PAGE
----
For the last several years, too many political debates have gone roughly like this:
A progressive pol points out the obvious, that wealth is getting too concentrated, and that the wealthy donors are controlling the political system as a means to accumulate still more wealth.
Then, conservatives, moderates and conservative-controlled news outlets cry in unison “Class warfare,” and “both sides do it.”
Then, the progressive politician timidly drops the subject, and agrees to their risk averse consultants’ demands that they henceforth sugar coat their campaign rhetoric.
This familiar scenario has played out hundreds of times over many decades, and that is why the United States now has the most unequal distribution of wealth of any advanced economy in the world.
Let that fact sink in for a moment. The home of the American dream now has the most unequal distribution of wealth of any advanced economy in the world. Is that really okay with us?
It’s not okay with South Dakota U.S. Senate candidate Rick Weiland. He looks to be a rare exception to the rule of political cowardice in the face of, gasp, “class warfare” accusations.
From the beginning, Weiland’s “Take It Back” campaign has been focused on battling the influence of big money. For instance, he has said that the first bill he will introduce in Congress will be a constitutional amendment to limit campaign donations and spending. The language of the amendment specifically calls out the need to limit the excessive influence of the wealthy.
This is not okay with the blog Constant Commoner, which is a more thoughtful than most conservative blog in South Dakota. In a piece titled “The Problem With Prairie Populism, Rick Weiland Style,” the Commoner recently shot this across candidate Weiland’s bow.
Where Weiland’s message is out-of-synch with reality is the way it lumps wealthy interests into some sort of monolithic, unified political juggernaut bent on making life miserable for ordinary Americans. This actually is way off the mark. The politics of big money simply don’t congeal that way. CNBC’s Robert Frank writes a nice critique and analysis of the study I reference and calls attention to the fact that for every right wing rich guy promoting schemes that Democrats abhor, there’s probably a wealthy leftie advocating the opposite. As Frank notes, for every Koch there’s a Buffett.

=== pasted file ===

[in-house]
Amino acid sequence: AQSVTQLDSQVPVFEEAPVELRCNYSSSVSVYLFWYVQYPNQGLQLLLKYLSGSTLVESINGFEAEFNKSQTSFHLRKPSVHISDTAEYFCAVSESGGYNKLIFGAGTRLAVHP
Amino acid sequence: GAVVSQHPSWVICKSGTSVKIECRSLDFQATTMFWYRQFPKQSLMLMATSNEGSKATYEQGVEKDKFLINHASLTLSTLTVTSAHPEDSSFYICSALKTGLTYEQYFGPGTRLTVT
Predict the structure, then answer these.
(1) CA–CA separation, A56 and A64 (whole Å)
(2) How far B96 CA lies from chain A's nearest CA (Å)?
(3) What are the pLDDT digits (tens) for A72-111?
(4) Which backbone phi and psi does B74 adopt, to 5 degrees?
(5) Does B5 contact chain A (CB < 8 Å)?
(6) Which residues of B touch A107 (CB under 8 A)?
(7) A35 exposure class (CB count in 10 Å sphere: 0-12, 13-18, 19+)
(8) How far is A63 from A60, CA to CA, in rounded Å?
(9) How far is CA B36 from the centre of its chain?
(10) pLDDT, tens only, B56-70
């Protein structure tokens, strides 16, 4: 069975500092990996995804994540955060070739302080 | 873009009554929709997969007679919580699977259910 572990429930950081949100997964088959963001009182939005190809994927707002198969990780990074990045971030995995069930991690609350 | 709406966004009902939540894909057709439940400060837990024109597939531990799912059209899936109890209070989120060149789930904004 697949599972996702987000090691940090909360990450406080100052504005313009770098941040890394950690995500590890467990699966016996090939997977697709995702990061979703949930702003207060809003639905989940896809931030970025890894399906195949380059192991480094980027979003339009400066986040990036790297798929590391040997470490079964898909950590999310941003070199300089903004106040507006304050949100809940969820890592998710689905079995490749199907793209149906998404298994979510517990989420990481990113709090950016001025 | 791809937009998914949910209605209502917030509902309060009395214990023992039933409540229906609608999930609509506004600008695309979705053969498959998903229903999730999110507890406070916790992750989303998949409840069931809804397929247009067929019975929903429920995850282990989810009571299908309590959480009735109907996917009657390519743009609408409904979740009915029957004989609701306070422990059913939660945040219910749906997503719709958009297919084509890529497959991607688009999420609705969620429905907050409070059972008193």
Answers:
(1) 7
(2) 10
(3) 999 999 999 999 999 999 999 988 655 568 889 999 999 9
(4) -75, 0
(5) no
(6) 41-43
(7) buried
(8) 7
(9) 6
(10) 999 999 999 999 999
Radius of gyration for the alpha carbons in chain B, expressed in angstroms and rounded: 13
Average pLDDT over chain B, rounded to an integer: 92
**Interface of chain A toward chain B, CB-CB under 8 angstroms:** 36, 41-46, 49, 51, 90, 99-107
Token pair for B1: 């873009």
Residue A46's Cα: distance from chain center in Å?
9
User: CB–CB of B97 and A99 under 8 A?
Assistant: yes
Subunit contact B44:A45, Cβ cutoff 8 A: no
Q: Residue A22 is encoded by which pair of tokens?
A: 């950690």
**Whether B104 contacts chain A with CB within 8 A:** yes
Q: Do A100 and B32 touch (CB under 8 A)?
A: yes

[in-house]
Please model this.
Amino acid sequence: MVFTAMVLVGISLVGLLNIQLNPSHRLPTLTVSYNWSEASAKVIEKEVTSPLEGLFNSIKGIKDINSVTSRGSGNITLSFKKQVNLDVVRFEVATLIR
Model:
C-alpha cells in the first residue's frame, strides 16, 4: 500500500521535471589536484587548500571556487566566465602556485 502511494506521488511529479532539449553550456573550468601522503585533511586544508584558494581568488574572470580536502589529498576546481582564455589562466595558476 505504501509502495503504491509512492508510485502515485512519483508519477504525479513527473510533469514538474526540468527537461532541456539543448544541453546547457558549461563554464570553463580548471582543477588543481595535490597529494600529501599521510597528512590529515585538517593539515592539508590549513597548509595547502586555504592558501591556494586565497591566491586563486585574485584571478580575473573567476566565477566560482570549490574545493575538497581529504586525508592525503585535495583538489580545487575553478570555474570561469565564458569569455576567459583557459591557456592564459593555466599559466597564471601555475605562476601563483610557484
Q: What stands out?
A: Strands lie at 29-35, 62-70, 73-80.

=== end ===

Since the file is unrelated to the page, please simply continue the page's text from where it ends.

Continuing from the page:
Historically, this is the point when progressive politicians would always obediently slink back to the mushy middle of American politics, like a scolded lapdog who had been caught pissing the Persian rug. But Weiland didn’t do that. Instead, he went right back onto the blogger’s home turf to politely but assertively call bullshit:
Warren Buffet understands big money’s total triumph in public argumentation perfectly when he says, “There’s class warfare all right, but it’s my class, the rich class, that’s making war, and we’re winning.”
I’m sure Mr. Buffet has met Mr. Soros, and knows full well of the wide range of opinions within the billionaires club. But Mr. Buffet also understands the bottom line, and knows that the actual, factual distribution of wealth is the bottom line.
I agree with Warren Buffet. I believe the bottom line proves that the “big money” big foot against which I am campaigning hard not only exists, but is the fundamentally incorrect and unfair set of policy assumptions which must be slain before we can hope to right our course.
It is not true that the right to buy politicians is big monies free speech right.
It is not true that granting tax free status to offshore profits, and billionaires grand kids piggy banks, or bundling bad mortgages, helps spur productive economic growth.
The results of these untruths, propagated by our refusal to challenge the ascendant political myths of big money, are stunting our economy and defrauding our middle class.
Like Seymour’s plant in Little Shop of Horrors, their myths have been allowed to grow unchecked for far too long, and they must be pruned.
That is why I am campaigning against “big money.”
I’ve been waiting for a long time to see a courageous politician under pressure from the defenders of the status quo reply: “Class warfare? Hell yes I’m engaging in class warfare, on behalf of 99% of the rest of us!”
Today I saw it, and it was said exceptionally well. Weiland is not only an unapologetic “class warrior,” but his campaign carries the optimistic tone of a “happy warrior,” in the tradition of Minnesota’s happy warrior Hubert Humphrey.
Finally, here’s a gritty leader who has a strong enough spine to declare himself an unrepentant class warrior, and he’s doing it in a wicked tough environment – a deep red state versus a billionaire-backed conservative Governor. If progressives around the country don’t step up to financially support this kind of progressive eloquence and courage under political fire, and instead continue to fund the same old milquetoast timidity they have for decades, well, then they deserve what they have been getting from Congress.